Do a Google search for Hale Media and you come to a splash page advertising two websites: SDGLN.com and something called SDPIX.com. The former, San Diego Gay and Lesbian News, is an online-only news and entertainment site that’s positioned itself as a competitor to the more established Gay and Lesbian Times. SDPIX, which is published monthly, always includes a photo series featuring a buffed-out, scantily clad male centerfold along with nightlife photographs taken at clubs that advertise with the publication. Hale has done web work for some of Hillcrest’s more prominent gay establishments, like Baja Betty’s, Urban Mo’s and Rich’s and is listed as having registered URLs like shopcock.com and slappedbyjesus.com. In January, the company registered the URL ReformSanDiego.com, the ballot-measure campaign’s official website. San Diegans for Fair and Open Contracting, the other committee that’s raised money for the ballot measure, shows a total of $2,225 going to Hale Media for IT work.
When CityBeat contacted Hale, he said he hadn’t done any paid work for the campaign, only volunteered and took photos. When asked about the $16,000 payment for signature gathering, he said the campaign would have to answer that question.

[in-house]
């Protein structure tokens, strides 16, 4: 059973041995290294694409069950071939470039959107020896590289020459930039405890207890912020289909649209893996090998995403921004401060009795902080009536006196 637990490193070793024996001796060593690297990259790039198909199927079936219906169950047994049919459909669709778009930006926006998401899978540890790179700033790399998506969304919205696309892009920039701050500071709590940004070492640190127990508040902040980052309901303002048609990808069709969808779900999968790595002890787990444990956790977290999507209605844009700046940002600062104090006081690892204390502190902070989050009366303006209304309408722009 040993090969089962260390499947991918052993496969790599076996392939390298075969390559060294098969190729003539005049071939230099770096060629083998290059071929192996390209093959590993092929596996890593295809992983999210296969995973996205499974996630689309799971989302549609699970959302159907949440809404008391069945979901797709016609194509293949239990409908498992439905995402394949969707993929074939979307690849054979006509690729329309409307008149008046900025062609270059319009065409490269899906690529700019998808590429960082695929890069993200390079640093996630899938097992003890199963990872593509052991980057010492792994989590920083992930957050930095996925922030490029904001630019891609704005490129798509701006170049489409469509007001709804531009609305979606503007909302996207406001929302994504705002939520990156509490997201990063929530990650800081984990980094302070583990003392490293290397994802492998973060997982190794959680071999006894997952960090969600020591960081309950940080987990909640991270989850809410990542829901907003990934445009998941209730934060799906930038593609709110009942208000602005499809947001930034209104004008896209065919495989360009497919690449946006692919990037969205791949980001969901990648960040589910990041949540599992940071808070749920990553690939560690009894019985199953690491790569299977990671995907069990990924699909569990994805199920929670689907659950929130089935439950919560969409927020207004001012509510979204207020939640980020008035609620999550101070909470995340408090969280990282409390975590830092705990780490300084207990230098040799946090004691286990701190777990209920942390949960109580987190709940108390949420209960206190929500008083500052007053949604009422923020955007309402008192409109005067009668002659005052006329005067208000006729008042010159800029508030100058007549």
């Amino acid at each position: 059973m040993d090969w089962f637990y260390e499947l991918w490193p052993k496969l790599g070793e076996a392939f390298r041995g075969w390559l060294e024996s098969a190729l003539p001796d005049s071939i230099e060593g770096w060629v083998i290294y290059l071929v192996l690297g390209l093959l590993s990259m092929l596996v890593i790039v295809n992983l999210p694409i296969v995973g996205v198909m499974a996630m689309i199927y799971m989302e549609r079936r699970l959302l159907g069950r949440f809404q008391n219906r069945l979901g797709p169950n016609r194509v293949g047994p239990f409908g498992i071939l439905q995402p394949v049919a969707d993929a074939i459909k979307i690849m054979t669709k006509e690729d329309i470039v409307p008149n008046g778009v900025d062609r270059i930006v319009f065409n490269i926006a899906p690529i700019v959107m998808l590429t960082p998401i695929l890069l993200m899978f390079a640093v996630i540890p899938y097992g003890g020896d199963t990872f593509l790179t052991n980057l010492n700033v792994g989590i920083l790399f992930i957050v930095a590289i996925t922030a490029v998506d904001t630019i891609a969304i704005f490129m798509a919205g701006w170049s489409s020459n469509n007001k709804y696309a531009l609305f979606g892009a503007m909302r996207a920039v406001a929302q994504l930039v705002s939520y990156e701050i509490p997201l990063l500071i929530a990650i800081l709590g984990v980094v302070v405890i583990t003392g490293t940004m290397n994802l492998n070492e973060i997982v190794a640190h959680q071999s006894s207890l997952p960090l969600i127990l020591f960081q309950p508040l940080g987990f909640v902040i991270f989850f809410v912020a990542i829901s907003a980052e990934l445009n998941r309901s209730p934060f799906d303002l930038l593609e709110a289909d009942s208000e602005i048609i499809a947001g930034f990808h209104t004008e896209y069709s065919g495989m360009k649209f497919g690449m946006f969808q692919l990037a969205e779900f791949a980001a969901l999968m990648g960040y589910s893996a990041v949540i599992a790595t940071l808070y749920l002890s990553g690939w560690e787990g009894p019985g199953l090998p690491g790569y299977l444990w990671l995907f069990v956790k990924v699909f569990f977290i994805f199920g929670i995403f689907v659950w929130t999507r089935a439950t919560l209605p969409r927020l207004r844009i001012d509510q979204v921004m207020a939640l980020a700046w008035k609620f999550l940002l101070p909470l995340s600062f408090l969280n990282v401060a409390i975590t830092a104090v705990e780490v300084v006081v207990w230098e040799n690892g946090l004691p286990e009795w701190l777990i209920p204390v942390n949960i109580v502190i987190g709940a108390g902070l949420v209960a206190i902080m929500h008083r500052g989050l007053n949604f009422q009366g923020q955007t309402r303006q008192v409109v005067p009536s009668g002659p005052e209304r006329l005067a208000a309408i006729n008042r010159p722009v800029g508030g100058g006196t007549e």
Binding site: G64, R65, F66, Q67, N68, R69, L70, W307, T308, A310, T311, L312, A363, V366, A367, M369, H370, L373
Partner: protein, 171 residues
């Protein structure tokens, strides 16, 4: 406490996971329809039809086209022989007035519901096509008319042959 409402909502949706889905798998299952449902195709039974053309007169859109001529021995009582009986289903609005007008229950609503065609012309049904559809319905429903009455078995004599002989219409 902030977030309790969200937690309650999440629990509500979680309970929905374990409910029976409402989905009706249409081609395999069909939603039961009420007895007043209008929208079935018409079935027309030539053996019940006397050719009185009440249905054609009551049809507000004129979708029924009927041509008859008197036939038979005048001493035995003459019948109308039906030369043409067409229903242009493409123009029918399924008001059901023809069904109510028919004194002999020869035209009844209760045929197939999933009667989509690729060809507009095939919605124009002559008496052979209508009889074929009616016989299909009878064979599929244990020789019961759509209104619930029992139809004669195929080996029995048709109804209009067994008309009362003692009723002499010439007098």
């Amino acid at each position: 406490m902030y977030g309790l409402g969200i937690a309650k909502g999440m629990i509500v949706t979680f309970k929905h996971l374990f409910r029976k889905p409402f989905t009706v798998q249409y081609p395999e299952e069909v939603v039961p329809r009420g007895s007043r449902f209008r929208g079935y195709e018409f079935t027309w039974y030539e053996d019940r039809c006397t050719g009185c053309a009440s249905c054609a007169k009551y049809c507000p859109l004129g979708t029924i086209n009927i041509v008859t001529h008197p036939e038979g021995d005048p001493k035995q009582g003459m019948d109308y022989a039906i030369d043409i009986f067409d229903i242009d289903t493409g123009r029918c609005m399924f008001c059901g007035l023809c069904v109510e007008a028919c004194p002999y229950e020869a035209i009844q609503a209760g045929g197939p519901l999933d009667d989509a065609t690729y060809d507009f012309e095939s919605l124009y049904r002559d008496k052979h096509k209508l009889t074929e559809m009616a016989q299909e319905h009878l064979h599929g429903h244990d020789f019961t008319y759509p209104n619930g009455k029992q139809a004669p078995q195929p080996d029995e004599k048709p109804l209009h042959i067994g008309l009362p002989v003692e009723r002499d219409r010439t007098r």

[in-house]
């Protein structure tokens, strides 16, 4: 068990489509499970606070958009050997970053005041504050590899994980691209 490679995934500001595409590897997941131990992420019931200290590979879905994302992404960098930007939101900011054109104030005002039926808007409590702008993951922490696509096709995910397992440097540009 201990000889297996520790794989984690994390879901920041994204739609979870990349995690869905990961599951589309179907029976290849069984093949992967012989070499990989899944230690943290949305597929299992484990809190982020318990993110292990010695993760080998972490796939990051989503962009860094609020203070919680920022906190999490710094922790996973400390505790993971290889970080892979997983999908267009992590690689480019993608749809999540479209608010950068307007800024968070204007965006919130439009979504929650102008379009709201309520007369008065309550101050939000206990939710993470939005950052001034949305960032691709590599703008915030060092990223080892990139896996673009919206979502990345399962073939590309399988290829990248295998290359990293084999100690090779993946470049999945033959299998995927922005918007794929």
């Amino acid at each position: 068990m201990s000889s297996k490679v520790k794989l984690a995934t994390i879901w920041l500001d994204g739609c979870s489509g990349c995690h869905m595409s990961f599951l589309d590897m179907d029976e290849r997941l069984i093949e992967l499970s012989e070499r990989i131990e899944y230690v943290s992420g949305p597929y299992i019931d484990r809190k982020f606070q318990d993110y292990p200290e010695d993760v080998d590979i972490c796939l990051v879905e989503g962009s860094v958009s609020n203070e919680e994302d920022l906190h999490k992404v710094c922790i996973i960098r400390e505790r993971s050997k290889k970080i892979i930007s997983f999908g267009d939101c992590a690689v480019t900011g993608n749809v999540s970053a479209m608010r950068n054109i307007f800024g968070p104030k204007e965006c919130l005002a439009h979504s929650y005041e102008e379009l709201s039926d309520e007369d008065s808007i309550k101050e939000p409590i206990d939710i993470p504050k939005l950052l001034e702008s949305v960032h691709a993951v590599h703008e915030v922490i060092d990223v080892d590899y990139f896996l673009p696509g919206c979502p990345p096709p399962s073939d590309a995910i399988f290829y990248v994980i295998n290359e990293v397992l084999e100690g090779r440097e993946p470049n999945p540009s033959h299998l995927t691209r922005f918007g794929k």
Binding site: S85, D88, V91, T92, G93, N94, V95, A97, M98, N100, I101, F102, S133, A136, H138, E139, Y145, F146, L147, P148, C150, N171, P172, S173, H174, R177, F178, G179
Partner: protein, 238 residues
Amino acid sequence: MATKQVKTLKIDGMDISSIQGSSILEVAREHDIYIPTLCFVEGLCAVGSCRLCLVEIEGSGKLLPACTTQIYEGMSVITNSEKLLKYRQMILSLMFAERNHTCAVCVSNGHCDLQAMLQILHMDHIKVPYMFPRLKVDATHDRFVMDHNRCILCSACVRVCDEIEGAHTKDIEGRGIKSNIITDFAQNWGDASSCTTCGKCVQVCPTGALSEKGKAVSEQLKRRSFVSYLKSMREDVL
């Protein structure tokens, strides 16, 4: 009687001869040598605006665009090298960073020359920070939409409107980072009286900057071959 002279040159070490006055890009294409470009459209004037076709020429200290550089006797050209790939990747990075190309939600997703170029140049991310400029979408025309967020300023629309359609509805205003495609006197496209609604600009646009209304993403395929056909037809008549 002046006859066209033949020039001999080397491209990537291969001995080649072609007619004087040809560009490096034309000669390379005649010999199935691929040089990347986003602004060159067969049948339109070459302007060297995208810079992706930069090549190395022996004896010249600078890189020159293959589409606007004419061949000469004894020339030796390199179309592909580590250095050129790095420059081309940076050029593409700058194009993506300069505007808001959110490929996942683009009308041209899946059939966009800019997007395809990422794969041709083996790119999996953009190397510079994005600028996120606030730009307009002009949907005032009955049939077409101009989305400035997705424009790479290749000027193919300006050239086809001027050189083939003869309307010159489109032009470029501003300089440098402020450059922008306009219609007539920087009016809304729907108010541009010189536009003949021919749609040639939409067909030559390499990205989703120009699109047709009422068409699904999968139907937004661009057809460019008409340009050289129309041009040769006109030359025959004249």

Campaign spokesperson Jennifer Jacobs described Hale Media’s role as, basically, a payroll service.
“We had a crew of paid-intern types who were doing signature gathering, and they have to have a mechanism to get paid,” she said. “So [Hale] paid the signature gatherers and then [$16,000] was the reimbursement from the campaign.”
Jacobs said that because the committee’s treasurer lives in Orange County, it was easier to have Hale cut the checks. “It just happened to be that it was easier to do it out of where Johnathan was and where Carl was making his fundraising phone calls,” she said. “This isn’t an uncommon thing.”
CityBeat ran this scenario past a number of longtime campaign consultants and got an almost-unanimous Huh?
“I don’t understand the purpose of it,” said John Dadian of Dadian & Associates.
“Why does it really matter where your treasurer is? I e-mail the invoices and they put a check in the mail. Why would it be any different in Orange County?” said Jennifer Tierney of the Gemini Group.